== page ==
Everyone was kind and understanding, though I was embarrassed, and this thoughtfulness extended through to the Rose’s opening of “Wake.” Both managing director Alan Ribant and artistic director Guy Sanville, sensitive to my circumstances, made a point to warn me that the show depicted the death of a parent. I then wondered, “Am I destined to (uncharacteristically) fall apart at dramas like this for a while? How much will I be able to stand?”

But when the lights went down, and I saw “Wake”‘s story unfold, I had no such visceral reaction. The acting was fine – it wasn’t that; but the mother-daughter relationship on stage bore no resemblance to my lived version. These were different people, after all.

And generally, this has held true this past year. What I’ve learned about myself is that mourning hasn’t significantly altered my responses to particular stories, or made such scenes more immediate or personal. Why? Who knows? Yet strangely, when my doctor, who lost her own mother in January, too, looked me in the eye and bluntly  said, “It sucks, doesn’t it? It just sucks,” I had to fight back tears. I just found this candor and empathy so comforting.

The one show that emotionally shook me up was Redbud’s production of “Wit” last fall, several weeks before my mother’s sudden death. I got a good deal of my uber-rational stoicism from my mother, so Loretta Grimes’ take on Vivian Bearing – as a person more baffled by the choices of those around her than strictly condescending to them – reminded me of Mom in some ways.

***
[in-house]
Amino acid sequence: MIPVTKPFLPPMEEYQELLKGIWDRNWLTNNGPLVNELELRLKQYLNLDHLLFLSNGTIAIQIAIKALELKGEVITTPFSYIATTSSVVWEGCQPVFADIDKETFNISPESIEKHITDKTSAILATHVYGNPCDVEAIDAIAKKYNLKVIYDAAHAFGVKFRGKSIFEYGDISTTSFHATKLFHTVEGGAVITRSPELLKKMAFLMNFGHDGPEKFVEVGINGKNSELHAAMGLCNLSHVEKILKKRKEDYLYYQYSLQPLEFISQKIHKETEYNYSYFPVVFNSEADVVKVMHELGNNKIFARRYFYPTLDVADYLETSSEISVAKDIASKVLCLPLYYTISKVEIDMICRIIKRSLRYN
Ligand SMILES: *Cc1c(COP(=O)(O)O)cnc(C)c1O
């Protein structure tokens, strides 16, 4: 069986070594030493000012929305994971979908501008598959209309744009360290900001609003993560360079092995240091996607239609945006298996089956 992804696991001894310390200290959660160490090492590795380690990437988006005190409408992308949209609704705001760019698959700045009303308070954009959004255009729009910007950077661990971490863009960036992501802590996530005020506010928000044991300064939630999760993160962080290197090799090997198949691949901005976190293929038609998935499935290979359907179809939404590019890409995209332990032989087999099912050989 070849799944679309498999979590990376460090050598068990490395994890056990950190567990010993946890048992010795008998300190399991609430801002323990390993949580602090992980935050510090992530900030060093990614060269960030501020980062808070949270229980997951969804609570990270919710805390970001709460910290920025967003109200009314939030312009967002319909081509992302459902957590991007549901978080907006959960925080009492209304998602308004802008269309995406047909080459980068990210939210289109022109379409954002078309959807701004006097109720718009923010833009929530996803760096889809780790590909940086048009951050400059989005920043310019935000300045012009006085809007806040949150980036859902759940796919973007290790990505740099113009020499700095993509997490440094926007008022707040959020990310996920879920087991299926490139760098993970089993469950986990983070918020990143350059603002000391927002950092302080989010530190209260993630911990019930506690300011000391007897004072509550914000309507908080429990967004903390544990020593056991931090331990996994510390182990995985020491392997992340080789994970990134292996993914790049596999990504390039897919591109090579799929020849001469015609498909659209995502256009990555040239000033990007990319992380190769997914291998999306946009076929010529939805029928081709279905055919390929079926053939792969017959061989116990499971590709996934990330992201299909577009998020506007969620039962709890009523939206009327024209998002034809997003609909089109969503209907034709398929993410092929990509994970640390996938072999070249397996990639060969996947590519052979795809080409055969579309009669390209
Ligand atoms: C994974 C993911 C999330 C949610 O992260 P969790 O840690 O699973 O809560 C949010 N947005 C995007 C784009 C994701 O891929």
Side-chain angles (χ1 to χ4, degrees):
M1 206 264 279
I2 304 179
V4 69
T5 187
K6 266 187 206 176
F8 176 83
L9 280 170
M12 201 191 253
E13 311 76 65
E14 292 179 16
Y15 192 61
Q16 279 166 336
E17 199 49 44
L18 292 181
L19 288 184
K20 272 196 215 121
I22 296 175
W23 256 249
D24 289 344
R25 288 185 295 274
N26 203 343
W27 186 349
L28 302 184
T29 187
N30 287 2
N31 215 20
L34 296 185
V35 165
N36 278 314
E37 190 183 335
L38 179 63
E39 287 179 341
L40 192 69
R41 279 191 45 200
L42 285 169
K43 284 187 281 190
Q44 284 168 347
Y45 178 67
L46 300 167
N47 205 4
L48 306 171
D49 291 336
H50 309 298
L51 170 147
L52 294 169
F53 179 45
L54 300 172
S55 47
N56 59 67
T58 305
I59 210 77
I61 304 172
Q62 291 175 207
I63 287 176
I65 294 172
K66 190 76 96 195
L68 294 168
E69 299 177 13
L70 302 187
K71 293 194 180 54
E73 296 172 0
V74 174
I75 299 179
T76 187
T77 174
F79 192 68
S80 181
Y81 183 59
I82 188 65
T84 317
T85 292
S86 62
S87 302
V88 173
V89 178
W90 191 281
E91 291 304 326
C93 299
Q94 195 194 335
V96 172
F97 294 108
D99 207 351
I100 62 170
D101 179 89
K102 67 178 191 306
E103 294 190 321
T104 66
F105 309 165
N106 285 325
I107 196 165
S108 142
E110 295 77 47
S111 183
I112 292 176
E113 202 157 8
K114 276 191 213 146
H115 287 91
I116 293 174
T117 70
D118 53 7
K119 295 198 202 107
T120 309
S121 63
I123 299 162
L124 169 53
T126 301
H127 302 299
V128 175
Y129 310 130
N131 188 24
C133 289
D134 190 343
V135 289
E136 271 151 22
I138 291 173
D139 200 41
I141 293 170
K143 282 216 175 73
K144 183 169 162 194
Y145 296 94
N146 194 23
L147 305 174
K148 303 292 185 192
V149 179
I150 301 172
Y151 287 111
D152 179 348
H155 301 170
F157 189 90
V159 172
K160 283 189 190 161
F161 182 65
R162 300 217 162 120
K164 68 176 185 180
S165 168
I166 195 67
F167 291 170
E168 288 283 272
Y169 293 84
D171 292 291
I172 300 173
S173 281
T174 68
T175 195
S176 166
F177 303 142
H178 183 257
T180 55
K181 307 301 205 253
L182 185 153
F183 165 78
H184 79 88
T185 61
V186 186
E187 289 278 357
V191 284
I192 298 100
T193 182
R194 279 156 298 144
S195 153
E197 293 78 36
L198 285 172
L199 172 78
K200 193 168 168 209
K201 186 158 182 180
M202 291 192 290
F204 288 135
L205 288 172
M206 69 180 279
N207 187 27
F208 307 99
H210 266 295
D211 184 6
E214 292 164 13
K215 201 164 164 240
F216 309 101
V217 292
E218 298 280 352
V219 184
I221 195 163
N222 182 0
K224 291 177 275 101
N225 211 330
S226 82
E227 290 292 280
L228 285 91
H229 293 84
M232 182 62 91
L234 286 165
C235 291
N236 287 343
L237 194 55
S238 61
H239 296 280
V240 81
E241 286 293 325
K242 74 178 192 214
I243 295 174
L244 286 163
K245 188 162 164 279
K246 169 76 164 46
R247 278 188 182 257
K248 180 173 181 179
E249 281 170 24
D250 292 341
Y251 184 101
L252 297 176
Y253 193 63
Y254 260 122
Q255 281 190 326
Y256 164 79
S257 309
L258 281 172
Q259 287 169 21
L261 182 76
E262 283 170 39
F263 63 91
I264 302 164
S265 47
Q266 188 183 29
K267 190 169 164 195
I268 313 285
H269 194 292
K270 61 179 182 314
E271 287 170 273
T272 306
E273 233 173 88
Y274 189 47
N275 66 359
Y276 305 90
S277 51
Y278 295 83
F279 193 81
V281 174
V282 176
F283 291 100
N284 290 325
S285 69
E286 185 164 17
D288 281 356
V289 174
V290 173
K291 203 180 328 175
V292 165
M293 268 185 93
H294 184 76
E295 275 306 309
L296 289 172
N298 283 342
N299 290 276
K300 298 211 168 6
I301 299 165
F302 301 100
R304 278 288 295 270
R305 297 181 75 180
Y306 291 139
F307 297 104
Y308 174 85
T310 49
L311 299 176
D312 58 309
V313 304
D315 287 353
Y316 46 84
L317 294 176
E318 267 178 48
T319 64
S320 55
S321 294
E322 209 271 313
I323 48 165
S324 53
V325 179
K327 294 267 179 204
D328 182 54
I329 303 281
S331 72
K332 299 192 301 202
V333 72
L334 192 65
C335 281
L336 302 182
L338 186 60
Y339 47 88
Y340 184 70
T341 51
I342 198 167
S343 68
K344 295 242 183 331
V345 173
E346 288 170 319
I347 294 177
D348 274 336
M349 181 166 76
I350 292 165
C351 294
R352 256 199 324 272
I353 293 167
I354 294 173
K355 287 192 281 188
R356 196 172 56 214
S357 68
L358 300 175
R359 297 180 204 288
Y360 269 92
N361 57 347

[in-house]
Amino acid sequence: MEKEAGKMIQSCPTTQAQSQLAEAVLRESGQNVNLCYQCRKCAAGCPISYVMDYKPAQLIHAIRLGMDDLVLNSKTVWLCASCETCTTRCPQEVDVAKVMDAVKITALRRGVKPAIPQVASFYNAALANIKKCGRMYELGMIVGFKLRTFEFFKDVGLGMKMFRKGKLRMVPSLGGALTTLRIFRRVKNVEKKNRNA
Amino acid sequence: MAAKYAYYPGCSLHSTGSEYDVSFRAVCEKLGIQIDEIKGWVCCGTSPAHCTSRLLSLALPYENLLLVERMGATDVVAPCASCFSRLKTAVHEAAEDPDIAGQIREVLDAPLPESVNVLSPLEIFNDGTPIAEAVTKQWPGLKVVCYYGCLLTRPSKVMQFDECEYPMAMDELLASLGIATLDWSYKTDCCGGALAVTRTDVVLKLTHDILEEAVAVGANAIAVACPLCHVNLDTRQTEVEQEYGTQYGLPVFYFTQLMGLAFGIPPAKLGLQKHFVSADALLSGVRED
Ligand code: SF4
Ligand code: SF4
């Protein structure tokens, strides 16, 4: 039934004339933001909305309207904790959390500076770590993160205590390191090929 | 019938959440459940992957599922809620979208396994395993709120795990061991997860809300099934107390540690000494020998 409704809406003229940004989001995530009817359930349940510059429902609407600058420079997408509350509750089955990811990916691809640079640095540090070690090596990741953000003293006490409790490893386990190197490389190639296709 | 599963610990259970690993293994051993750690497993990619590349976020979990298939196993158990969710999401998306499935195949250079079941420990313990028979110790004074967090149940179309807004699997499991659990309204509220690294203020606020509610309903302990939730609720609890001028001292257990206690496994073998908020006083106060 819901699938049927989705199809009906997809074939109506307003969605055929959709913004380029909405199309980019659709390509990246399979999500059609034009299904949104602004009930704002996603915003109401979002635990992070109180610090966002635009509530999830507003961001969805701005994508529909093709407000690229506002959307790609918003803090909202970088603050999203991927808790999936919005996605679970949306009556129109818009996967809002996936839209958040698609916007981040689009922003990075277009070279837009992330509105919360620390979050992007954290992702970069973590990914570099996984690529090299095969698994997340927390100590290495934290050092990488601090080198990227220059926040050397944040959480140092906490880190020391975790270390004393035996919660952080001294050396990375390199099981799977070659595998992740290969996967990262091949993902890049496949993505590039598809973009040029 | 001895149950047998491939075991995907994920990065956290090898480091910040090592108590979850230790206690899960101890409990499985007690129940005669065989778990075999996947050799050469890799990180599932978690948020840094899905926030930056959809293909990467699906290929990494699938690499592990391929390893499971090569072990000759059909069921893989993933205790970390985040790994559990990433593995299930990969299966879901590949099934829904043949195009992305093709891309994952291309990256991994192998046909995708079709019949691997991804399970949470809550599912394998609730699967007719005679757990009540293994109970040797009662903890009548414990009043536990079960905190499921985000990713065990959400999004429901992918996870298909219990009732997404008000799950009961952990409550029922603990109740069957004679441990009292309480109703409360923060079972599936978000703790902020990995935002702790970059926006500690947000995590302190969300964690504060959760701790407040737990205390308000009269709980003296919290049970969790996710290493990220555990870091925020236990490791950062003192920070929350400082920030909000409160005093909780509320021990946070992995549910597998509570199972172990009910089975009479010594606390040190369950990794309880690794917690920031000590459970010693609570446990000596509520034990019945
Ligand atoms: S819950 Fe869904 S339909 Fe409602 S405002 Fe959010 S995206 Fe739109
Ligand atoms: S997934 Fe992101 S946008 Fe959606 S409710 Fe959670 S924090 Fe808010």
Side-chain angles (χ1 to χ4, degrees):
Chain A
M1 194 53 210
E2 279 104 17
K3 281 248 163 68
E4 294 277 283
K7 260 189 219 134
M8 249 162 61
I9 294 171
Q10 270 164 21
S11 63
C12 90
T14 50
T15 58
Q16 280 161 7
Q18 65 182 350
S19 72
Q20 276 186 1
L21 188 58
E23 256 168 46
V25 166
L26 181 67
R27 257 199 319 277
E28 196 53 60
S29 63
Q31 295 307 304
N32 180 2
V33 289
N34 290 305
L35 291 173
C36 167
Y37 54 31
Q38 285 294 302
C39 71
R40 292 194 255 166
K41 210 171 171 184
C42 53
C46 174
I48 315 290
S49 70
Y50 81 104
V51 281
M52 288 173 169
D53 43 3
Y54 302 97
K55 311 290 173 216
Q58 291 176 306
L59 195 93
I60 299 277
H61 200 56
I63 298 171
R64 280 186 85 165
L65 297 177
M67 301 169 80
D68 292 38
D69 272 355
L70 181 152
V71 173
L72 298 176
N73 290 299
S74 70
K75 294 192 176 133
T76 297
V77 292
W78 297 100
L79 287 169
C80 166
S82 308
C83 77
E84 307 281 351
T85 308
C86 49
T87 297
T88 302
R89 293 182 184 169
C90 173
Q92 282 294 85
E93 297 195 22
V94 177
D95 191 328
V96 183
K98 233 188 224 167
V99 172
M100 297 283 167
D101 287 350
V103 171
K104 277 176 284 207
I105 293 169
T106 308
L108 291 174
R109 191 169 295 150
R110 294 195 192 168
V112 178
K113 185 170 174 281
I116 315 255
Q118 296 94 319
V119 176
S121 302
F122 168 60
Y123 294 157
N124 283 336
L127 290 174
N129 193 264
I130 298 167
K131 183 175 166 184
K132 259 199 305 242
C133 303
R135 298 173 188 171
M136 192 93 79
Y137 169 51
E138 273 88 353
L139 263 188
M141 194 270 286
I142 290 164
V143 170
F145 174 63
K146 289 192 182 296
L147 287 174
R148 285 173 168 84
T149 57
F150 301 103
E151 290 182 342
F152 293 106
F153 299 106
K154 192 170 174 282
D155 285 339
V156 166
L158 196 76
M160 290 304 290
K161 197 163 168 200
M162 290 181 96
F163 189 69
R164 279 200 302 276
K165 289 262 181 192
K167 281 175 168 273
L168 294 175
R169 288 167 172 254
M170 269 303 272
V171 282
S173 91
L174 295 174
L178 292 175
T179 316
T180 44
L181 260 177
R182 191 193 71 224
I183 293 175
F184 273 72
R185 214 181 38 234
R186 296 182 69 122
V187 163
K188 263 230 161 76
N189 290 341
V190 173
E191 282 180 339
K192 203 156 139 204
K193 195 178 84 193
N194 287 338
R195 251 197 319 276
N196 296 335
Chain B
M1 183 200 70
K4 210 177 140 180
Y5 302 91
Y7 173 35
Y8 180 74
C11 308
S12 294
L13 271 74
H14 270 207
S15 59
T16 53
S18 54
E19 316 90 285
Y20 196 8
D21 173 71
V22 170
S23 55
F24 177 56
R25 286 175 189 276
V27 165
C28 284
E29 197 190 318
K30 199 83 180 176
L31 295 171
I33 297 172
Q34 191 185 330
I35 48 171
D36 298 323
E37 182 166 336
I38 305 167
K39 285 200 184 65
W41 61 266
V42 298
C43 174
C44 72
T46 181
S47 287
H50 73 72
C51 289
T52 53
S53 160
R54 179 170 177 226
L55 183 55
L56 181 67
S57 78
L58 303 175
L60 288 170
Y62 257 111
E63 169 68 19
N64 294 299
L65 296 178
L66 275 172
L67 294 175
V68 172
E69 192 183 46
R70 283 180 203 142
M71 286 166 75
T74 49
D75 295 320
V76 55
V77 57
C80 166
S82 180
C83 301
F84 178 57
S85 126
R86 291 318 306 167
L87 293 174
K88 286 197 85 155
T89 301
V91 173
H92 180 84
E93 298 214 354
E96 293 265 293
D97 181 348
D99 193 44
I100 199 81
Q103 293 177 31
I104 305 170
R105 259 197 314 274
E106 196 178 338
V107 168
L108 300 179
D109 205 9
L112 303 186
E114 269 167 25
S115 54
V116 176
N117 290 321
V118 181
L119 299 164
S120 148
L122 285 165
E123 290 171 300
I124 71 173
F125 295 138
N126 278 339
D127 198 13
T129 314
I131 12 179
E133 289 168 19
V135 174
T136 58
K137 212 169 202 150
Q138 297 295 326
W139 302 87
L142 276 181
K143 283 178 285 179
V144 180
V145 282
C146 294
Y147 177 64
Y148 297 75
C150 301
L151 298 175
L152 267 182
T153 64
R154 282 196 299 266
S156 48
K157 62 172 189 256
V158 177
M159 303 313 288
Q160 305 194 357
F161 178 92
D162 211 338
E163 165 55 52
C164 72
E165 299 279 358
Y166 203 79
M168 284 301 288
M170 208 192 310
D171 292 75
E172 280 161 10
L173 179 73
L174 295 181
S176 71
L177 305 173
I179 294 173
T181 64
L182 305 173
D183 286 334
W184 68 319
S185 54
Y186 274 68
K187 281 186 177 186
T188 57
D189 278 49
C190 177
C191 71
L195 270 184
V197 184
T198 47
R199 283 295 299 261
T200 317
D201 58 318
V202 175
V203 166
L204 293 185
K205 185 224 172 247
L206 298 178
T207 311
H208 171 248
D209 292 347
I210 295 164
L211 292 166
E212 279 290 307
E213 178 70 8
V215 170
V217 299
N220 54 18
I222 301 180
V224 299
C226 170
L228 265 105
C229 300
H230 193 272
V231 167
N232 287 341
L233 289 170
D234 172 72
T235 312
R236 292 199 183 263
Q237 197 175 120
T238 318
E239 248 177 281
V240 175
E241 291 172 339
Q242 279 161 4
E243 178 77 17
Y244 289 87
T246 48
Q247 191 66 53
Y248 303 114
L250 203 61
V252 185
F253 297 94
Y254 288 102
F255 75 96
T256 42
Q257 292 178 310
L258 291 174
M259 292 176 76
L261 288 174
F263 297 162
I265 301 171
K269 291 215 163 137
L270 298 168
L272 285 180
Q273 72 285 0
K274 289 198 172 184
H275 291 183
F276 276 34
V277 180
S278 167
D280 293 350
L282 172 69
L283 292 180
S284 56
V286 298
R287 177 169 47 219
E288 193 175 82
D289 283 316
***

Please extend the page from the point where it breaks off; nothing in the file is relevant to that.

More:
And because my mother was struggling unhappily through her cancer treatment at the time, watching Grimes portray Vivian’s suffering was wrenching. My mother was then facing down her disease, yet again, while several states away, and this time, I was only hearing by phone about the pain in her hands and joints,  the ragged mess that was her fingernails and toenails, the fatigue, the dogged-but-flagging determination to beat the cancer back again. Watching Grimes play out the course of the disease in front of my eyes just brought me to my knees. I’d seen “Wit” a few times before, but seeing it at just this juncture of my life made me appreciate my mother and her epic struggle all the more.

But lest you think a genuine emotional response affects a critic, know that while watching one of the play’s most brutal scenes, I was also thinking, “The physical staging of this looks weird.”

My mother teased me a couple of times by saying that it was no surprise to her that I became a critic. She said this primarily because my father is a man who, when confronted by his daughter’s score of 98% on a test, asked, “What one did you get wrong?” So I learned to expect a lot from others, because I always expected a lot from myself.

But Mom, of course, was just as much a member of that club as any of us.


Heather says:

Sorry, I’m just catching up on these. Thanks for this post. I think it’s hard to describe what our lives have been like over the past year, but you definitely did a good job conveying your perspective.